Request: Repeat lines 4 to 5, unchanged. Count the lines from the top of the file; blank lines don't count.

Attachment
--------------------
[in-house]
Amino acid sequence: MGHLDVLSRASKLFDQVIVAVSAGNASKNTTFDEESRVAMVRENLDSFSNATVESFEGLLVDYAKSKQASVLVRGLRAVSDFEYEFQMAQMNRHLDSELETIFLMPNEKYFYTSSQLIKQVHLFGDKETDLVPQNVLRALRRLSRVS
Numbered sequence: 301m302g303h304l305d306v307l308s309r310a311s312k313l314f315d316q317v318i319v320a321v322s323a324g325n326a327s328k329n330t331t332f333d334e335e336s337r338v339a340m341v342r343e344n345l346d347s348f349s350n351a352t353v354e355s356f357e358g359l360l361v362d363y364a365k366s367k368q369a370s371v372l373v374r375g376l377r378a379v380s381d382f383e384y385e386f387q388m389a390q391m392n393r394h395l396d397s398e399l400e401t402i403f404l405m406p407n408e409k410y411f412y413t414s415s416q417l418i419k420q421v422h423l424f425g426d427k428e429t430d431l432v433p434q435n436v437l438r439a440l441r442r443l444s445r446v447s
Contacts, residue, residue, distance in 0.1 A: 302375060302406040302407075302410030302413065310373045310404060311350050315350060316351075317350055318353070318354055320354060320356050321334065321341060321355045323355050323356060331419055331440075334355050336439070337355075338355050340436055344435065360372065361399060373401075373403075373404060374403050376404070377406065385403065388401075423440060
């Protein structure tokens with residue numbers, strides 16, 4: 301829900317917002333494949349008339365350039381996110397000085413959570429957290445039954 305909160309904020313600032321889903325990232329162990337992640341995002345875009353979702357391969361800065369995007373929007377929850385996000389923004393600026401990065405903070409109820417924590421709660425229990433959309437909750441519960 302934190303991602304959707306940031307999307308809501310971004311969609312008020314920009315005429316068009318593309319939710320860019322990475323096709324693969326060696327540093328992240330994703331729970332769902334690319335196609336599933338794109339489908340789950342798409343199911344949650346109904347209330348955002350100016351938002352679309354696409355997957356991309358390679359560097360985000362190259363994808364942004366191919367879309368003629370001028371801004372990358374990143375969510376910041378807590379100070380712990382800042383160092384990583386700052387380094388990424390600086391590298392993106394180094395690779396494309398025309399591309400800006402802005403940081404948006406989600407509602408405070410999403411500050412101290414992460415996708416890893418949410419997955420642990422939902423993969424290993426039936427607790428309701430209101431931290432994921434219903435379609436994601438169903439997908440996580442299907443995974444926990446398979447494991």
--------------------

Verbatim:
Contacts, residue, residue, distance in 0.1 A: 302375060302406040302407075302410030302413065310373045310404060311350050315350060316351075317350055318353070318354055320354060320356050321334065321341060321355045323355050323356060331419055331440075334355050336439070337355075338355050340436055344435065360372065361399060373401075373403075373404060374403050376404070377406065385403065388401075423440060
């Protein structure tokens with residue numbers, strides 16, 4: 301829900317917002333494949349008339365350039381996110397000085413959570429957290445039954 305909160309904020313600032321889903325990232329162990337992640341995002345875009353979702357391969361800065369995007373929007377929850385996000389923004393600026401990065405903070409109820417924590421709660425229990433959309437909750441519960 302934190303991602304959707306940031307999307308809501310971004311969609312008020314920009315005429316068009318593309319939710320860019322990475323096709324693969326060696327540093328992240330994703331729970332769902334690319335196609336599933338794109339489908340789950342798409343199911344949650346109904347209330348955002350100016351938002352679309354696409355997957356991309358390679359560097360985000362190259363994808364942004366191919367879309368003629370001028371801004372990358374990143375969510376910041378807590379100070380712990382800042383160092384990583386700052387380094388990424390600086391590298392993106394180094395690779396494309398025309399591309400800006402802005403940081404948006406989600407509602408405070410999403411500050412101290414992460415996708416890893418949410419997955420642990422939902423993969424290993426039936427607790428309701430209101431931290432994921434219903435379609436994601438169903439997908440996580442299907443995974444926990446398979447494991």